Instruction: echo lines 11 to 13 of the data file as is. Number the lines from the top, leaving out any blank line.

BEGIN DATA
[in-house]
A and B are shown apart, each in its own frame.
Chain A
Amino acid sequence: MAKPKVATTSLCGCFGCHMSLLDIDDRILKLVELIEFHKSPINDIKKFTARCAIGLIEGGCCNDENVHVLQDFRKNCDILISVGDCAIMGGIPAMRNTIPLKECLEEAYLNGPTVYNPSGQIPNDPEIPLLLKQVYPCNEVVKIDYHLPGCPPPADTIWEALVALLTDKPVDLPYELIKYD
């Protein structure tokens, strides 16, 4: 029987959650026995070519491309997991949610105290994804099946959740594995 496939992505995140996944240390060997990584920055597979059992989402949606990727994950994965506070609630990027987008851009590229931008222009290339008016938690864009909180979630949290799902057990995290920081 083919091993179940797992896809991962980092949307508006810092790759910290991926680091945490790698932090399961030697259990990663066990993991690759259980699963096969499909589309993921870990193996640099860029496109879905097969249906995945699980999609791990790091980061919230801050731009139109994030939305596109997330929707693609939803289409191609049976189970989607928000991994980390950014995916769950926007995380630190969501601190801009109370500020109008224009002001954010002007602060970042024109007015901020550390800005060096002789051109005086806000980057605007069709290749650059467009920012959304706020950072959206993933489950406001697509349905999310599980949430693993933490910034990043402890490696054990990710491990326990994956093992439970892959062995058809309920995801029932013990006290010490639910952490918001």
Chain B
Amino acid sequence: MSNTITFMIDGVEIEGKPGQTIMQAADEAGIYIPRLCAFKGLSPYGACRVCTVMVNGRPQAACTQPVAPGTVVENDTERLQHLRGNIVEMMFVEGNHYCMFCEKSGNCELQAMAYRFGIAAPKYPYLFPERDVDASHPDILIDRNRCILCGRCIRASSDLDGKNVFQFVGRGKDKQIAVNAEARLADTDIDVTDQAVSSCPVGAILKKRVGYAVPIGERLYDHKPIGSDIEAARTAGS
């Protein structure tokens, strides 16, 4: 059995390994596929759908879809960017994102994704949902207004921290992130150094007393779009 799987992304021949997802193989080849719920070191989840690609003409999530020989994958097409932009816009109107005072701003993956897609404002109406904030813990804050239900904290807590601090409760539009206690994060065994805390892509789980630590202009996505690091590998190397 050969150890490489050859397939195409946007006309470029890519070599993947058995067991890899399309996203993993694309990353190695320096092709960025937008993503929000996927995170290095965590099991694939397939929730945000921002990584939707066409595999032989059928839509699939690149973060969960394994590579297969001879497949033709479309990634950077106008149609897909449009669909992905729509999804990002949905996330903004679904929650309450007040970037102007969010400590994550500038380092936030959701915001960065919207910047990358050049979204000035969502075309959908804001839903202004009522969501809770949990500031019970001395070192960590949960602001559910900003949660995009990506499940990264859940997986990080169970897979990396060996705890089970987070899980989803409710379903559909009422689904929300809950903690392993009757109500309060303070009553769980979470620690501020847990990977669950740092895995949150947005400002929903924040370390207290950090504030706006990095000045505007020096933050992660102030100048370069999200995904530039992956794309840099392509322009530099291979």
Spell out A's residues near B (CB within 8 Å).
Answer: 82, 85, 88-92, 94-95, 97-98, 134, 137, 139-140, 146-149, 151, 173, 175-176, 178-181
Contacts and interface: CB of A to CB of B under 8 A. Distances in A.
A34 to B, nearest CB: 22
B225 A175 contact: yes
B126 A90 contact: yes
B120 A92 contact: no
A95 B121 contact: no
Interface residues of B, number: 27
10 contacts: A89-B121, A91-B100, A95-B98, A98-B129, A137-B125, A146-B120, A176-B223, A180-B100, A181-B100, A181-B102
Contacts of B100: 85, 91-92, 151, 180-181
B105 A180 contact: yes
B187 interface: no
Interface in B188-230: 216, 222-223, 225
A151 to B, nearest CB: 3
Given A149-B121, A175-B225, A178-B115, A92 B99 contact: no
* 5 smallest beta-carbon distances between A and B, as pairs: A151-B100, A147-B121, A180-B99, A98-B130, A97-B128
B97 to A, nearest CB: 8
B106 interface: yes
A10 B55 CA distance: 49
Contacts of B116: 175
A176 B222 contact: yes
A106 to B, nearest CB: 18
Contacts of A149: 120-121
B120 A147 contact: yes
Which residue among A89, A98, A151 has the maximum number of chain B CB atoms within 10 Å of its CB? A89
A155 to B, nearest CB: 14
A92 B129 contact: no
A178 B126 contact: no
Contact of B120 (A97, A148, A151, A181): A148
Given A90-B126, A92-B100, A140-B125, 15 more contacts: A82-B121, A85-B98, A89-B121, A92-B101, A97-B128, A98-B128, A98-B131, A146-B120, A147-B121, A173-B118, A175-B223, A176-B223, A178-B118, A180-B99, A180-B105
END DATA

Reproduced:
Contacts and interface: CB of A to CB of B under 8 A. Distances in A.
A34 to B, nearest CB: 22
B225 A175 contact: yes